Buyout and mezzanine firms are feeling good about the future, judging from their hiring and compensation plans.
Nearly one in four (24 percent) plans to add to its employee count this year, according to a summer survey of North American buyout and mezzanine firms. Nearly three in four (72 percent) plan to maintain the same employee count, while just 4 percent plan to reduce it—for a pdf of the results, click the link at the right. Most of that hiring is likely to occur at the junior professional level, the survey found.
Firms in the survey sample also have reasonably aggressive plans for raising salaries and bonuses for employees in 2011. For example, four firms in 10 say they anticipate salaries will go up for partners or managing directors in 2011, with the rest expecting that they’ll stay the same. Meantime, more than half of the firms (53 percent) anticipate that bonuses for partners or managing directors will go up in 2011, another four in 10 (42 percent) anticipate they’ll stay the same, and just 5 percent expect them to go down.
All told, 25 North American buyout and mezzanine firms—22 buyout shops, three mezzanine firms—participated in the survey of firm-wide compensation practices conducted by Thomson Reuters. Firms in our sample have an average of $1.2 billion under management, and a median of $265 million. The average firm in our sample employs 10 full-time investment professionals, out of 18 employees total; the median for our sample is six investment professionals out of 12 total.
More about the sample: Six in 10 firms in our sample have a bonus program for all employees, while another 28 percent have one for investment professionals only. Seventeen percent of firms in our sample have a co-investment program (letting employees invest in individual transactions) for partners only; 17 percent have one for all investment professionals only; and 13 percent have one for all employees.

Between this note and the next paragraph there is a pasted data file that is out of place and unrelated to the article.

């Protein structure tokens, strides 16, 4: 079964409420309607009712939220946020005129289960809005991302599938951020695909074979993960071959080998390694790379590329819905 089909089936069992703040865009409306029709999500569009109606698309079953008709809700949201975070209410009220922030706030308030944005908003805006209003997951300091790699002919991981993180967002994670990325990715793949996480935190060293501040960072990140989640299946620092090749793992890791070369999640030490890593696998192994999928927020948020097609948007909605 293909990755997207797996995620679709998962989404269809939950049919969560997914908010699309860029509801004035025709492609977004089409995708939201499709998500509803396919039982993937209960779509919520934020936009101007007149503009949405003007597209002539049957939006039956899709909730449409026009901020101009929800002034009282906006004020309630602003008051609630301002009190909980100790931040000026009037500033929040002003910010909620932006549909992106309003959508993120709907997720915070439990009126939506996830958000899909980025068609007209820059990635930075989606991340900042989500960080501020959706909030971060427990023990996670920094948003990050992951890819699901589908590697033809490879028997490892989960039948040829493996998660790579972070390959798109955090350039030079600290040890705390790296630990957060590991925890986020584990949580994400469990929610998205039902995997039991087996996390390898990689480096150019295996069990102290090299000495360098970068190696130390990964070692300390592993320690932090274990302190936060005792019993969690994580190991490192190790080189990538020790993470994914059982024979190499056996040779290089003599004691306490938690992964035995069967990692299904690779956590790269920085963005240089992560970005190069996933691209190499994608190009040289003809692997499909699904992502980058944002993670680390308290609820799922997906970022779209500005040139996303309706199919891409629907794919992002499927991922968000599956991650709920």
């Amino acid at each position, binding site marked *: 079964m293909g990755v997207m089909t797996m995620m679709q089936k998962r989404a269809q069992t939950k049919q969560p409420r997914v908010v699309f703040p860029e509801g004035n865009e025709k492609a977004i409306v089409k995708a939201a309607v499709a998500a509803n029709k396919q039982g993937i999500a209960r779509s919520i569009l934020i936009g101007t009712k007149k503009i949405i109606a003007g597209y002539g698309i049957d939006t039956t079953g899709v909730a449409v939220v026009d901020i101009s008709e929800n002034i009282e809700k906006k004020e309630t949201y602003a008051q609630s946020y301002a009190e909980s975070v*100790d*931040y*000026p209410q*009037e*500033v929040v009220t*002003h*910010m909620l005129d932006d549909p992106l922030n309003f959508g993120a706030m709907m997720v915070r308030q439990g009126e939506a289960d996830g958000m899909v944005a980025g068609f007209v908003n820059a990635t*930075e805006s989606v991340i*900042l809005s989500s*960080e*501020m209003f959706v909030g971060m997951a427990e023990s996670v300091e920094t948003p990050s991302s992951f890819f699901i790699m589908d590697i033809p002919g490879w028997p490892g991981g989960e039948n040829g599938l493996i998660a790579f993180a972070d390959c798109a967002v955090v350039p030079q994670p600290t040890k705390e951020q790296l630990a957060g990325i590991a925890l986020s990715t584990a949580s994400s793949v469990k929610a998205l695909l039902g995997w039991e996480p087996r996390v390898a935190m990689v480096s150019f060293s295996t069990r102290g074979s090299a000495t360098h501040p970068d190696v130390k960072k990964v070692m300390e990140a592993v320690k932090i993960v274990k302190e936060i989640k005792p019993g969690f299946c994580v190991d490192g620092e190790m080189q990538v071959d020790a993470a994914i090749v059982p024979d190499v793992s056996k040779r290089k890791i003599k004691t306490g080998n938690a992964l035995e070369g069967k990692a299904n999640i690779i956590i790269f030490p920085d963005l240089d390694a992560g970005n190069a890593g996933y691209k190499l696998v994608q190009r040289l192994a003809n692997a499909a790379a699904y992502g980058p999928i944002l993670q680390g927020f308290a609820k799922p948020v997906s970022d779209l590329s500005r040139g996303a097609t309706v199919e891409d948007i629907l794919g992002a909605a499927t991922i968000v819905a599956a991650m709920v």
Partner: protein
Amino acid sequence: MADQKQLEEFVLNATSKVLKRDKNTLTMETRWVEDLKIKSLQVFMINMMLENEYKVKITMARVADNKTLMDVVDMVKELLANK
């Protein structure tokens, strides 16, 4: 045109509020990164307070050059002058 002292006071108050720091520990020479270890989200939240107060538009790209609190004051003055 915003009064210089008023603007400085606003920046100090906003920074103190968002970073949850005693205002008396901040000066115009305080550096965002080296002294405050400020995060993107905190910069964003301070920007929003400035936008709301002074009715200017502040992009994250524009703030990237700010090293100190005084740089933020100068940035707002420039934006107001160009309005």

Lower-paid professionals at buyout and mezzanine firms also have a lot to look forward to next year, the survey found. More than three firms in five (62 percent) say they anticipate salaries going up for junior professionals next year, 78 percent say they will go up for back-office personnel, and 84 percent say they will go up for administrative assistants. As for bonuses, more than half of respondents (58 percent) anticipate they will rise for junior professionals, 44 percent anticipate they will rise for back-office personnel, and 44 percent also anticipate they will rise for administrative assistants.
Along with a firmwide compensation survey, Thomson Reuters this summer also asked both buyout and venture capital firms around the world to supply compensation data for individual employees. About 70 firms ended up providing data on nearly 1,000 employees. It wasn’t quite enough to publish a full-fledged annual compensation study, as originally intended. (Thomson Reuters is providing a set of statistics to participants as a thank you.) Nevertheless, the statistics we did generate do nothing dispel the notion that the buyout business remains a highly lucrative one, and that professionals in it have a big incentive to boost assets under management.
Partners at North American buyout firms with more than $1 billion under management will earn an average of $923,333 this year in salary and bonus (for 2009 performance), and $969,472 when you include carry distributions (earned in 2009). By contrast, partners at North American buyout firms with $350 million or less under management will earn a far smaller average of $341,625 this year in salary and bonus, and $367,461 when you include carry distributions.